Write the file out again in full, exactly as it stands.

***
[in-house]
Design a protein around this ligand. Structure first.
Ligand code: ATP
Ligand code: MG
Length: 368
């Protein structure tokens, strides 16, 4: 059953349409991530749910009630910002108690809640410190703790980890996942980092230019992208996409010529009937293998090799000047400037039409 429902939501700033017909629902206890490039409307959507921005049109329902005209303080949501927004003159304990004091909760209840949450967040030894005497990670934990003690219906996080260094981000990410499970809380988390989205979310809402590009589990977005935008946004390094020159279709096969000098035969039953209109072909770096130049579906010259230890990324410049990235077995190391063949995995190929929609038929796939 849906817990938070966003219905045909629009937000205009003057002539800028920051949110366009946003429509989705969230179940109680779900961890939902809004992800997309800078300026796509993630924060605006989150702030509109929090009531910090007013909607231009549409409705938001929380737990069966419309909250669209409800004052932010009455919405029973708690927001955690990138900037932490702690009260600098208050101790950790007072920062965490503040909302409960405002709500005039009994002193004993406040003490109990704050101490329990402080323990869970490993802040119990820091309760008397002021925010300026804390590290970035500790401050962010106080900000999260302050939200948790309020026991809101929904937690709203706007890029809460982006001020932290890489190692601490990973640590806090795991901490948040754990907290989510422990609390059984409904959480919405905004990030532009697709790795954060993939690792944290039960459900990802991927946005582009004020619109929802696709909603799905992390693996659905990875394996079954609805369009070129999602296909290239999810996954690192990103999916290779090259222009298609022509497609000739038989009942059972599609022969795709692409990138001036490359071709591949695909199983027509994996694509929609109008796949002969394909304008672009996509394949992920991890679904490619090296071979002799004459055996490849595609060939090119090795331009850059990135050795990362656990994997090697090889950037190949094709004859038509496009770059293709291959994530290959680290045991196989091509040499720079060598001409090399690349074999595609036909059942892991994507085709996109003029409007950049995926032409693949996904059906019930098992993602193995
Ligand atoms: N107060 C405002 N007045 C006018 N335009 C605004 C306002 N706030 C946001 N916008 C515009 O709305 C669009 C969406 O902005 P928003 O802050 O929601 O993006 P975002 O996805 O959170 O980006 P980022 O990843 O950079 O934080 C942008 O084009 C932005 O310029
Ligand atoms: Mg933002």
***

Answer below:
[in-house]
Design a protein around this ligand. Structure first.
Ligand code: ATP
Ligand code: MG
Length: 368
């Protein structure tokens, strides 16, 4: 059953349409991530749910009630910002108690809640410190703790980890996942980092230019992208996409010529009937293998090799000047400037039409 429902939501700033017909629902206890490039409307959507921005049109329902005209303080949501927004003159304990004091909760209840949450967040030894005497990670934990003690219906996080260094981000990410499970809380988390989205979310809402590009589990977005935008946004390094020159279709096969000098035969039953209109072909770096130049579906010259230890990324410049990235077995190391063949995995190929929609038929796939 849906817990938070966003219905045909629009937000205009003057002539800028920051949110366009946003429509989705969230179940109680779900961890939902809004992800997309800078300026796509993630924060605006989150702030509109929090009531910090007013909607231009549409409705938001929380737990069966419309909250669209409800004052932010009455919405029973708690927001955690990138900037932490702690009260600098208050101790950790007072920062965490503040909302409960405002709500005039009994002193004993406040003490109990704050101490329990402080323990869970490993802040119990820091309760008397002021925010300026804390590290970035500790401050962010106080900000999260302050939200948790309020026991809101929904937690709203706007890029809460982006001020932290890489190692601490990973640590806090795991901490948040754990907290989510422990609390059984409904959480919405905004990030532009697709790795954060993939690792944290039960459900990802991927946005582009004020619109929802696709909603799905992390693996659905990875394996079954609805369009070129999602296909290239999810996954690192990103999916290779090259222009298609022509497609000739038989009942059972599609022969795709692409990138001036490359071709591949695909199983027509994996694509929609109008796949002969394909304008672009996509394949992920991890679904490619090296071979002799004459055996490849595609060939090119090795331009850059990135050795990362656990994997090697090889950037190949094709004859038509496009770059293709291959994530290959680290045991196989091509040499720079060598001409090399690349074999595609036909059942892991994507085709996109003029409007950049995926032409693949996904059906019930098992993602193995
Ligand atoms: N107060 C405002 N007045 C006018 N335009 C605004 C306002 N706030 C946001 N916008 C515009 O709305 C669009 C969406 O902005 P928003 O802050 O929601 O993006 P975002 O996805 O959170 O980006 P980022 O990843 O950079 O934080 C942008 O084009 C932005 O310029
Ligand atoms: Mg933002």